3. Commit to It for a Year
Have you ever heard that it takes just 21 days to form a new habit? The truth is, it’s hard to see significant progress with anything after just three weeks.
I created my first budget in 2011, and it took me nearly a year before I started seeing signs of success. That’s why I recommend that you commit to budgeting consistently for at least a year.
And have very low expectations for yourself that first year. It’s okay if it takes you time to figure out how to make your expenses work with your income. After a year, you’ll start to see signs of progress and will be so much more confident in your abilities.
4. Use a Template
I think so many people like apps because it gives them a framework to start with. It can be intimidating to start with a blank sheet of paper to write out your budget. Fortunately, there are tons of templates you can use for pen to paper budgeting.
I recommend finding one that works with you and making it your own. For instance, many people like using bullet journals for budgeting. You can also try the Budget By Paycheck workbook or the downloadable PDF.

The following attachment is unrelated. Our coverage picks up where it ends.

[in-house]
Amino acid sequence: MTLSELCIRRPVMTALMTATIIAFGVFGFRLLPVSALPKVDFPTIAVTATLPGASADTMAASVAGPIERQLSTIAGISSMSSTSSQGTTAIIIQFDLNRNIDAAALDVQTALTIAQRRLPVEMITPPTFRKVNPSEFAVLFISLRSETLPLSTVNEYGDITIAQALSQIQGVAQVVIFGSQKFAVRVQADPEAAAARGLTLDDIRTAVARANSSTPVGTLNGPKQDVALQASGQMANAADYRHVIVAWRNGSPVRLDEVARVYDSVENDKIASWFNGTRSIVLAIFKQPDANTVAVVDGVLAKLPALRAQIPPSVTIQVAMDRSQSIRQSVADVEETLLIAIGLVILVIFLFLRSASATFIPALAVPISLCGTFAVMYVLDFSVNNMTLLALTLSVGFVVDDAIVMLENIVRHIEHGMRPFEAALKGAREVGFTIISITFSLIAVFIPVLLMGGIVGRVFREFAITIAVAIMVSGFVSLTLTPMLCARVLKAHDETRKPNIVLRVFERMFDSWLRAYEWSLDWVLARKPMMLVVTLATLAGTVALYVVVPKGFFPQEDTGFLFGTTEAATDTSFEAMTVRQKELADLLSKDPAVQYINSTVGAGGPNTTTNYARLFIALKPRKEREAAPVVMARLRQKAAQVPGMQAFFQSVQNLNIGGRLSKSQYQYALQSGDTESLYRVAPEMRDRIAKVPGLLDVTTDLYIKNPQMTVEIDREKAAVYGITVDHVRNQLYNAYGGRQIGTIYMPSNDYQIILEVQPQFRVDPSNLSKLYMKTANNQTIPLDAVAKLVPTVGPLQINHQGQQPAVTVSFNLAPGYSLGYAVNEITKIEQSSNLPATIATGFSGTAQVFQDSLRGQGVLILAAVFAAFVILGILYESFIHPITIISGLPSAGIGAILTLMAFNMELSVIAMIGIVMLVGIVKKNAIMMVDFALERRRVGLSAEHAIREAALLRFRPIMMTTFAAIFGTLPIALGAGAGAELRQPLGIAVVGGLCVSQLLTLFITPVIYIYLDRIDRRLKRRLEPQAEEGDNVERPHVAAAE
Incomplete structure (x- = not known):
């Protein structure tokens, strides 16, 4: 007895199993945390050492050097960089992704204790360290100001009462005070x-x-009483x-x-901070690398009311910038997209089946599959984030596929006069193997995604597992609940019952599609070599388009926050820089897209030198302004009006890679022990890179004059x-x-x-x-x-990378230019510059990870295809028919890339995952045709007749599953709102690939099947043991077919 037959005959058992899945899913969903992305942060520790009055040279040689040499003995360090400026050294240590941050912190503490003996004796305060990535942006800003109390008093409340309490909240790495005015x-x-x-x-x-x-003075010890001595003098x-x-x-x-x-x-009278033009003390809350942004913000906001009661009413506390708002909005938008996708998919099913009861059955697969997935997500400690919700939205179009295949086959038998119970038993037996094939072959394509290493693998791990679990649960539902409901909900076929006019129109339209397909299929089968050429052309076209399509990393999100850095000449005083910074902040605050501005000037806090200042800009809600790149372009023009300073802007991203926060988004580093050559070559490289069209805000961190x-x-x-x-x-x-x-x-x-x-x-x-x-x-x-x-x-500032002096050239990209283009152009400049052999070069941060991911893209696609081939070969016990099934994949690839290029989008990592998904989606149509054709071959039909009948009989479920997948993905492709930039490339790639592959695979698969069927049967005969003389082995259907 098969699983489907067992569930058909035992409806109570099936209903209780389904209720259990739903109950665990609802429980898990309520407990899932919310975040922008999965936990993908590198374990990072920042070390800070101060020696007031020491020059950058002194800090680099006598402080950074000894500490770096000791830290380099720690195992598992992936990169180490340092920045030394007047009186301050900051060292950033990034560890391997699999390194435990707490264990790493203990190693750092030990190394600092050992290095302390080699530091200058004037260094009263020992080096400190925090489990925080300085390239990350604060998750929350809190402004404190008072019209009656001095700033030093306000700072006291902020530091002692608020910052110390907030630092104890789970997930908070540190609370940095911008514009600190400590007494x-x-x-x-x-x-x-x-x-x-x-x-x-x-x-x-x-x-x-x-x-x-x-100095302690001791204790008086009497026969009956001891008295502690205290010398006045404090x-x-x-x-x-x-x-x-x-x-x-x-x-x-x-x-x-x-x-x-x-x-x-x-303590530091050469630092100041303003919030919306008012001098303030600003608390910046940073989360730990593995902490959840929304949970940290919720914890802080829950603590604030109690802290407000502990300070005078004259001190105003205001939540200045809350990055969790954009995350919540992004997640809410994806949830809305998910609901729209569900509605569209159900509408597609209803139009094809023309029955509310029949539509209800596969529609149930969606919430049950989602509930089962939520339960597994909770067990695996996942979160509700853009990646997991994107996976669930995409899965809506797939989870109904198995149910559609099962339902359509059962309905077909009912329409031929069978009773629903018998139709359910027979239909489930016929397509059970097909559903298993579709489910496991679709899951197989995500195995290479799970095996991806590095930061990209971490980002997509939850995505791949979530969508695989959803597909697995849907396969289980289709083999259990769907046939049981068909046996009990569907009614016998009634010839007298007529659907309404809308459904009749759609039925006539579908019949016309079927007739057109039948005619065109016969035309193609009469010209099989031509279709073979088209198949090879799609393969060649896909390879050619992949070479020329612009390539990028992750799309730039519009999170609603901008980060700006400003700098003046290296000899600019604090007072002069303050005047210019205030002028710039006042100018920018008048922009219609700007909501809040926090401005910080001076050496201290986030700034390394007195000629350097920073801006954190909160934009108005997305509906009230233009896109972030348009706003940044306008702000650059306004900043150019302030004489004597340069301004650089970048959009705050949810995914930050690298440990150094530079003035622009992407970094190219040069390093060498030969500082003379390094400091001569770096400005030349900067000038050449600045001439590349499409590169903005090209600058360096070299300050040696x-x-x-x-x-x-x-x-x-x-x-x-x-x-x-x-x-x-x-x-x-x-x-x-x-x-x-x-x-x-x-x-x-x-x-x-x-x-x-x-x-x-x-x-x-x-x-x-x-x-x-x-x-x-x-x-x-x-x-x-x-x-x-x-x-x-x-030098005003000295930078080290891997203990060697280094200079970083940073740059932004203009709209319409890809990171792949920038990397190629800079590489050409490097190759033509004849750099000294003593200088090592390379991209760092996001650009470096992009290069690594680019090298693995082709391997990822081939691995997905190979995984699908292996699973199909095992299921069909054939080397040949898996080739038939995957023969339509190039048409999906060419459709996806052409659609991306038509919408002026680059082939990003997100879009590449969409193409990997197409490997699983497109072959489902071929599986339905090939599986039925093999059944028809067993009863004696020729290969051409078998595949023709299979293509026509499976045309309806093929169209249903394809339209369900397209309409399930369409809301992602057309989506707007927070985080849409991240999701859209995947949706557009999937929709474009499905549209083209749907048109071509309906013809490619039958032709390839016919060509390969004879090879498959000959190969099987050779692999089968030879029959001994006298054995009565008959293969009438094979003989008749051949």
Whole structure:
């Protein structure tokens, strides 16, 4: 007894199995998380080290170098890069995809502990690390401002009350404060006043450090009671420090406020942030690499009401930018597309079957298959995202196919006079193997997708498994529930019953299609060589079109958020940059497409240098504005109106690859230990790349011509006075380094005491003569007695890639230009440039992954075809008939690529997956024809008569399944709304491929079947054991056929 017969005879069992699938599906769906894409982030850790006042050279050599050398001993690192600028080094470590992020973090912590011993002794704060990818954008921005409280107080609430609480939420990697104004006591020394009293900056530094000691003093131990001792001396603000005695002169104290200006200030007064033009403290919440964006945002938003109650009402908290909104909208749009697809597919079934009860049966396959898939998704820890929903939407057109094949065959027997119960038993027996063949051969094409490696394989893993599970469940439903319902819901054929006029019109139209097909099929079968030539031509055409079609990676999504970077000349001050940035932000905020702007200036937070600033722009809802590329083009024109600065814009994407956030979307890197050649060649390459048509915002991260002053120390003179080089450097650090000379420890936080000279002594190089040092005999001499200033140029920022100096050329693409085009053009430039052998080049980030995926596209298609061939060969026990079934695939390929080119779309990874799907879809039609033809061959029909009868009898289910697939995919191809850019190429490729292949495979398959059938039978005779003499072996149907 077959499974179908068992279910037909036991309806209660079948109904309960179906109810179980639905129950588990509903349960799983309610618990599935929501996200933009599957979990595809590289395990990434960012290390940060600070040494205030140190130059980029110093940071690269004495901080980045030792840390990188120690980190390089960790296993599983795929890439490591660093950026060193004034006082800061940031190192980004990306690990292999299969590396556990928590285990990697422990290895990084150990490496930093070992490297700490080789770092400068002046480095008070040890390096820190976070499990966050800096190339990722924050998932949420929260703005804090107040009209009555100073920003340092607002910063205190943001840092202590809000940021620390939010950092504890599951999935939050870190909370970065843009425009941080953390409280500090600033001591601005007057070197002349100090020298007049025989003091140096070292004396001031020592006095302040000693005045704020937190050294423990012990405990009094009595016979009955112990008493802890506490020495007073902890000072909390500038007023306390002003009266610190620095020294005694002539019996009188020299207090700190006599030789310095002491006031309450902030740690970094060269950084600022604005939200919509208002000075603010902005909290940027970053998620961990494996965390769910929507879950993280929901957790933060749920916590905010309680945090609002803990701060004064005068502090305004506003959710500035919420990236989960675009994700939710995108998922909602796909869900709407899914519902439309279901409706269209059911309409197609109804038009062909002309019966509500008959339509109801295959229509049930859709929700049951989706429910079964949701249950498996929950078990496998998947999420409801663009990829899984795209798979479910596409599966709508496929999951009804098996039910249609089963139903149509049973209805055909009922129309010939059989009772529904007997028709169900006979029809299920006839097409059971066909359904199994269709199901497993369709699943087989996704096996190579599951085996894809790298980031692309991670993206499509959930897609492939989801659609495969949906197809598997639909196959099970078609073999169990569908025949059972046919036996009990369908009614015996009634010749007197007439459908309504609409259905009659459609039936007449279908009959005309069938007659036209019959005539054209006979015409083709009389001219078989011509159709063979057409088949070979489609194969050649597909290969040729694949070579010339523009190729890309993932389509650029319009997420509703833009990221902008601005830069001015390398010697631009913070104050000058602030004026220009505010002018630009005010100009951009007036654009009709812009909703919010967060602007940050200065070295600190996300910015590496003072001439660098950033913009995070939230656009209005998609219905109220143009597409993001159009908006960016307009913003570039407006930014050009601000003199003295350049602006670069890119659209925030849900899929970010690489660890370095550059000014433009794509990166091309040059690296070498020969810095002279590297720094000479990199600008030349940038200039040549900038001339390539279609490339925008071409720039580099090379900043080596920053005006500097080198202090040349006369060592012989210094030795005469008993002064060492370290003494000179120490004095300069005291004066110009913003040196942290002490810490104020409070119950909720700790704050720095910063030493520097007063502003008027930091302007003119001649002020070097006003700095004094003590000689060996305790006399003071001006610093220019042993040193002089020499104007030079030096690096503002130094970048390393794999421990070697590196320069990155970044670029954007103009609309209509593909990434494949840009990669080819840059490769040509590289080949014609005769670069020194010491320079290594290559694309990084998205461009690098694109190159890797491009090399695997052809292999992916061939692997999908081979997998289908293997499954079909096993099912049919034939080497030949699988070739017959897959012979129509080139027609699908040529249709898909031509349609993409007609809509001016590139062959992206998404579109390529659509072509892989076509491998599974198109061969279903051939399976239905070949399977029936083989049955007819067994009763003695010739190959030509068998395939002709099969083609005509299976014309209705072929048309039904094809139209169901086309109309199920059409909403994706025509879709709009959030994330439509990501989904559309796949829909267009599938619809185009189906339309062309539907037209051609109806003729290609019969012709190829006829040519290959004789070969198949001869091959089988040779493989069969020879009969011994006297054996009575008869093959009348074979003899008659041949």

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5. Make It Fun
And finally, budgeting may be challenging initially, so you should look for ways to make it fun. Use a pretty budgeting template, highlighters, and color in your savings trackers as you go.
You can also try using colorful cash envelopes. I actually have an entire free resource library you can check out, and I’m always updating it with new helpful printables.
And make the process easier on yourself by staying organized and sticking with a predictable schedule. Over time, you may find that you start to look forward to and enjoy the time you spend working on your budget.
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The Bottom Line
There are many advantages to technology, but I find that pen to paper works best when it comes to budgeting. Writing out your budget every month will make the numbers more real and help you stay on track with your goals. Commit to budgeting consistently and look for ways to make the process more fun.